MARYVILLE (WATE) - 6 News took your concerns about two deadly crashes in East Tennessee involving convicted felons to Gov. Bill Haslam.
The most recent wreck happened Sunday in Seymour. That is when troopers say a church van was hit head on by a man with multiple felony convictions. Two people died, including Courteney Kaliszewski, 16.
The second death was in August when the Tennessee Highway Patrol says another convicted felon was responsible for the death of Amelia Keown, 16, when he hit her head-on in Blount County.
Keown's mother, Amanda Moore says when she heard about the crash Sunday
it made her want to work even harder to keep people who have been
convicted of multiple felonies off the streets.
"It broke my heart," Moore said. "It made me angry, very angry because they were so many similarities to that and what happened to Amelia."
The driver who caused Sunday's wreck, Tyler Schaeffer, was out on parole after being convicted of robbery. The man who killed Amelia, John Perkins, was also out of prison after being convicted of numerous felonies.
"This is someone who should not have been out of prison," said Moore, "Just like the man who hit my daughter. The state of Tennessee is liable for letting them out."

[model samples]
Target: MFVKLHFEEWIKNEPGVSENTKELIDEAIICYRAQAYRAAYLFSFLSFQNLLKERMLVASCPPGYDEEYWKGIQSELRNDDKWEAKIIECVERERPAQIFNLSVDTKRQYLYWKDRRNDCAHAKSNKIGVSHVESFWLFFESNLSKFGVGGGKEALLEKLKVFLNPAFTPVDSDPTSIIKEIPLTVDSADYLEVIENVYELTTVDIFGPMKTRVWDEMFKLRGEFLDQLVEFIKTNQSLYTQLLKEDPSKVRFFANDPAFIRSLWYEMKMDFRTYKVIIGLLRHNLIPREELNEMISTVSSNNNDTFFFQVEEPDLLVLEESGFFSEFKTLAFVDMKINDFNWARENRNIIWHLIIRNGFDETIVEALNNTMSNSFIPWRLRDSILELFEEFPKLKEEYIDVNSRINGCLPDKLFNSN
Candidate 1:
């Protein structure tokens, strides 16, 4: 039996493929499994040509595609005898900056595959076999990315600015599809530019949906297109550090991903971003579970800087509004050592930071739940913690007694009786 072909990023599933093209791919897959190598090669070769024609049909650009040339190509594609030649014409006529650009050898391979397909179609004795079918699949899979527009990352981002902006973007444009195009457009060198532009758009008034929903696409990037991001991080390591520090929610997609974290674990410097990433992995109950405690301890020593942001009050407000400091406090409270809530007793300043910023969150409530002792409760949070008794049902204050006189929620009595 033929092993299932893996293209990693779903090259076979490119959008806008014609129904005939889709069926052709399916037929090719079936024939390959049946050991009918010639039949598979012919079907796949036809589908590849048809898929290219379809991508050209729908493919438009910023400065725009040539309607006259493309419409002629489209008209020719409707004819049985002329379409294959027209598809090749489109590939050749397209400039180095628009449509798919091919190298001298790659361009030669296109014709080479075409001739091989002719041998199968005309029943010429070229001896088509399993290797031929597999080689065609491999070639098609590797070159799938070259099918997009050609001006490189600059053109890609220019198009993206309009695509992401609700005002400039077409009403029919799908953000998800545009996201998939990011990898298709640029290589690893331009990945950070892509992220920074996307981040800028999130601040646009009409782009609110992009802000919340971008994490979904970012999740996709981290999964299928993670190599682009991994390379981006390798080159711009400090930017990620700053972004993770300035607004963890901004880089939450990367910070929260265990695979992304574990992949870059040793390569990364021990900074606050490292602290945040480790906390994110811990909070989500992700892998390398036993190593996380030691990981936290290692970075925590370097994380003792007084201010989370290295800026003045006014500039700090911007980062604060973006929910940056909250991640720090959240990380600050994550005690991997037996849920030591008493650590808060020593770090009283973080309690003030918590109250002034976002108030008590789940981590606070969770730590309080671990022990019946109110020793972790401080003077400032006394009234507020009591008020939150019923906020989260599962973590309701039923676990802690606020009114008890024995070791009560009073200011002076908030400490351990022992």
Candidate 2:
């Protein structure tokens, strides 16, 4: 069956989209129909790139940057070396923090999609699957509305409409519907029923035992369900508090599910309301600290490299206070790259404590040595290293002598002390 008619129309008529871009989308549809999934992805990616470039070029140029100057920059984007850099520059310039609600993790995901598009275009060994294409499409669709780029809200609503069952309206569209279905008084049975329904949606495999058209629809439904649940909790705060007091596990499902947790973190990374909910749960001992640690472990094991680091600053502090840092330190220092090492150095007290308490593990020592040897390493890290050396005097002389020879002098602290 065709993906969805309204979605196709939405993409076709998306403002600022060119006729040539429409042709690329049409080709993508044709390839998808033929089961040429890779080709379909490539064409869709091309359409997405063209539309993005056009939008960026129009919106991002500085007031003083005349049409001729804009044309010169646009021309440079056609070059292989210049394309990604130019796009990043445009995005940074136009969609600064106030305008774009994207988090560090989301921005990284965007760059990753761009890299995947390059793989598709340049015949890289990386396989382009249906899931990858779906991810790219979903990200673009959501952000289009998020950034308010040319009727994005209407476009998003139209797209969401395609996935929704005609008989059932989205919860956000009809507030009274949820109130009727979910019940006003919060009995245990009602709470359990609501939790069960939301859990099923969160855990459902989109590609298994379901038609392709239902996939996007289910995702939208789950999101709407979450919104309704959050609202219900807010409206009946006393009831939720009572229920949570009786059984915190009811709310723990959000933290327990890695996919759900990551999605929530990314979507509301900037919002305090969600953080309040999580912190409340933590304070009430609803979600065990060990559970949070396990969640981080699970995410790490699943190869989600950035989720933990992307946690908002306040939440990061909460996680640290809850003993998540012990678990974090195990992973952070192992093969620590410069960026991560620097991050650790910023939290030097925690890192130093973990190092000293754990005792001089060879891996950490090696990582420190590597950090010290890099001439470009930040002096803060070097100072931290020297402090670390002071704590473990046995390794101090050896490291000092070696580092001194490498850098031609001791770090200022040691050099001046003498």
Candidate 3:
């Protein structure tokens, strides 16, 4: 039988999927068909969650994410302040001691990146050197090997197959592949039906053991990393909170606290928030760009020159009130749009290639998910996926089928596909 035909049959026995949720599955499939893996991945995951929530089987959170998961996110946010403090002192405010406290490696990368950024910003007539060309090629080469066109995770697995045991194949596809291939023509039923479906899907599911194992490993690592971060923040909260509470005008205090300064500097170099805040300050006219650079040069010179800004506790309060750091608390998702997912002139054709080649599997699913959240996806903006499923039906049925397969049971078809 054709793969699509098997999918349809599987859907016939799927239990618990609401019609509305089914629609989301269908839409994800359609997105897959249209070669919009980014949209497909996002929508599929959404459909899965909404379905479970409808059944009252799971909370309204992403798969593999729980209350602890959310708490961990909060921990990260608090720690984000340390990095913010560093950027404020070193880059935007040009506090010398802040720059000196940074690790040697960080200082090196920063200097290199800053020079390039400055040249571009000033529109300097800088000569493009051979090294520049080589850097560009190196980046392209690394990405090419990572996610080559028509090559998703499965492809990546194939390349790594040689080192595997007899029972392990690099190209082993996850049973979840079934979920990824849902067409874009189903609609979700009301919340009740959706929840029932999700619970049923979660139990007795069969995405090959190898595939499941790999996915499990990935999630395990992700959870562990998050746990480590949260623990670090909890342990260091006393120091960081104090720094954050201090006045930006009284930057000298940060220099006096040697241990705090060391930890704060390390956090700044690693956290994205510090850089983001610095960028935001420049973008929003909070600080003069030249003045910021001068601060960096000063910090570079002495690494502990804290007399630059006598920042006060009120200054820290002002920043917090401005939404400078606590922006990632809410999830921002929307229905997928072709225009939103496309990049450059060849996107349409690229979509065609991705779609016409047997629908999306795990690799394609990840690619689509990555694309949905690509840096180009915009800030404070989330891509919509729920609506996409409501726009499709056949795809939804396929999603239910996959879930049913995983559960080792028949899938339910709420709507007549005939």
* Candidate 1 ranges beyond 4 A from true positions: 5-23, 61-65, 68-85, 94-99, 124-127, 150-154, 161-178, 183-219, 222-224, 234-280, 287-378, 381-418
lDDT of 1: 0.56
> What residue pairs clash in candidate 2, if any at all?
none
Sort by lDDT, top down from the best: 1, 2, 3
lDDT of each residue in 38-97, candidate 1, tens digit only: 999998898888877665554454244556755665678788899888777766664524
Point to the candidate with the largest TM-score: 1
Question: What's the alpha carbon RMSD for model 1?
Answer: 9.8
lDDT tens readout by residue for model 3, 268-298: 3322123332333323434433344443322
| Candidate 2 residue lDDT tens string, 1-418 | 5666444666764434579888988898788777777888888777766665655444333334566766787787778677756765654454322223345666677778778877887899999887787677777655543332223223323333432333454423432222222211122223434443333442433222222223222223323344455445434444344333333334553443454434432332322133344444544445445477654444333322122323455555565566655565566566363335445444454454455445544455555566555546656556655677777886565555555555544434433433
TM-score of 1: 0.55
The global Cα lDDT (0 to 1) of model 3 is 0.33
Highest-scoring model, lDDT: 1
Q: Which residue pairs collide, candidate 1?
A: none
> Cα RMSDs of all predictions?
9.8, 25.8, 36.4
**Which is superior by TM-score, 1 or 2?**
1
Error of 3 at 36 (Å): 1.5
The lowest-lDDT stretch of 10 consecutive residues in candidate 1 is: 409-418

Gov. Bill Haslam said Tuesday he's aware of both crashes.
"Obviously the General Assembly will have to make a decision about if they want to change any laws that might impact that," Haslam said. "Obviously, as a parent, you can't imagine anything more horrible than what the mother is feeling in this case."
To get lawmakers to act, Moore has started an online petition to create Amelia's Law. This law will broaden the three strikes your out law to include all felonies.
"The public has to get angry and demand a change before anything's going to happen," said Moore.
The governor said he's unsure if keeping felons in prison longer will prevent crashes like these from happening.
"I don't have the answer to that," Gov. Haslam said. "I think that's where I'll need to rely on people who do know a lot more about that."
Moore hopes Gov. Haslam will look at these most recent cases here, and do something about it.
"My heart is broken for those families and those effected by what happened this weekend," said Moore. "I'm so sorry they have to go through this too."
The Amelia's Law petition already has more than 5,000 signatures. A website has been created to educate people about this proposed law.
Moore has tried to get in personal contact with the governor. So far, he has only sent her a reply on Facebook.